Larry Elder

The topic: "The Future of Capitalism."

Time magazine, to discuss this, assembled a "stellar cast." One such "honoree" works as a Public Broadcasting Service/National Public Radio host. The tax dollars produced by the capitalism he criticizes help pay his salary. (The irony was apparently lost.) At least other "business roundtable" panelists -- commentator/publisher/author Arianna Huffington and singer John Legend -- make their money the old-fashioned way, by enticing consumers to buy what they sell.

"I don't think that left to its own devices," the taxpayer-supported broadcaster/pundit said, "capitalism moves along smoothly and everyone gets treated fairly in the process. Capitalism is like a child: If you want the child to grow up free and productive, somebody's got to look over the shoulder of that child." Good grief.

Every dollar spent by government is one less dollar spent by taxpayers. Money comes from somewhere -- taxes, borrowing (taxes on layaway) or printing, which, if not offset by productivity, causes inflation, a stealth tax on everyone. Who can spend, save or invest more efficiently and humanely, you or some tenured bureaucrat in D.C. who's never run so much as a hot dog stand or lent himself out as a United Way volunteer?

Private enterprise is the most proficient job- and wealth-creating "system" ever designed. But many, if not most, Americans think only government can and should build and run "infrastructure" and that government "investment" creates jobs of which the private sector is incapable of creating. Really?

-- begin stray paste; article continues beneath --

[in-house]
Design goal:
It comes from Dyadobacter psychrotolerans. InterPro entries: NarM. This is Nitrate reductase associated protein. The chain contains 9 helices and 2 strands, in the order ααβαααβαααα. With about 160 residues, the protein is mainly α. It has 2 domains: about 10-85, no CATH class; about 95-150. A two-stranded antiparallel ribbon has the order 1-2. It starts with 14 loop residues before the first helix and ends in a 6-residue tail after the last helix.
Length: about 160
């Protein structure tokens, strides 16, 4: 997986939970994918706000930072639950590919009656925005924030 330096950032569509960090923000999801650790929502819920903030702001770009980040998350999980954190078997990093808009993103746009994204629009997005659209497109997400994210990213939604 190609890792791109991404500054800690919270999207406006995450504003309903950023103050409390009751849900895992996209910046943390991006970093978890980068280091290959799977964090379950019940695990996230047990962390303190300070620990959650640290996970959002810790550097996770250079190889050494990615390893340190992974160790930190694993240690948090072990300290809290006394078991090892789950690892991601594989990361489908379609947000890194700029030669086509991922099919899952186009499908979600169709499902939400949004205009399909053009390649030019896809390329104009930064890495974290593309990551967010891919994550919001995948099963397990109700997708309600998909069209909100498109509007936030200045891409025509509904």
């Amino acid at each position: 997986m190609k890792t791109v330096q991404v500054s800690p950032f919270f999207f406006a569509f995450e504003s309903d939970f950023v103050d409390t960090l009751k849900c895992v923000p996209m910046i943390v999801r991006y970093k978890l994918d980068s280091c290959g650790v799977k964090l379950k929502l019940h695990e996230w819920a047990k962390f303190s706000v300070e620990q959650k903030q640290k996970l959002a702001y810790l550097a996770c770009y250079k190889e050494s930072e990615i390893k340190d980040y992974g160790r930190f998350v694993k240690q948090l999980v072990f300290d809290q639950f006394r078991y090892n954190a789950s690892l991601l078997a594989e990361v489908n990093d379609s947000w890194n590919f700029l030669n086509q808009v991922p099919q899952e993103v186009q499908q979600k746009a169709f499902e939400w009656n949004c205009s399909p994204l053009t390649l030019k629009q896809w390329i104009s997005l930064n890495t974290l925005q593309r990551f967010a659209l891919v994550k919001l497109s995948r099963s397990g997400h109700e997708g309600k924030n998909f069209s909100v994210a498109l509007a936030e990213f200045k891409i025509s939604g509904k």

People point to President Dwight D. Eisenhower's construction of the interstate highway system. It is, they say, an example of both an appropriate and productive federal government expenditure and an obviously legal role of the federal government necessary to spark economic growth.

In the early 1900s, a businessman, Carl Fisher, owned the Prest-O-Lite headlight company. He organized an association to finance coast-to-coast paved roads so that motorists could drive both day and night, ideally using his headlights. The association soon disbanded, when Congress passed the Federal Road Aid Act of 1916. What would have happened had government not built an interstate highway system? A consortium of truckers/gas stations/hotels/motels/roadside restaurants would likely have built one with their own money in order to make more money. They would have charged tolls for maintenance. Motorists actually using the roads would bear their costs.


Larry Elder

Larry Elder is a best-selling author and radio talk-show host. To find out more about Larry Elder, or become an "Elderado," visit www.LarryElder.com.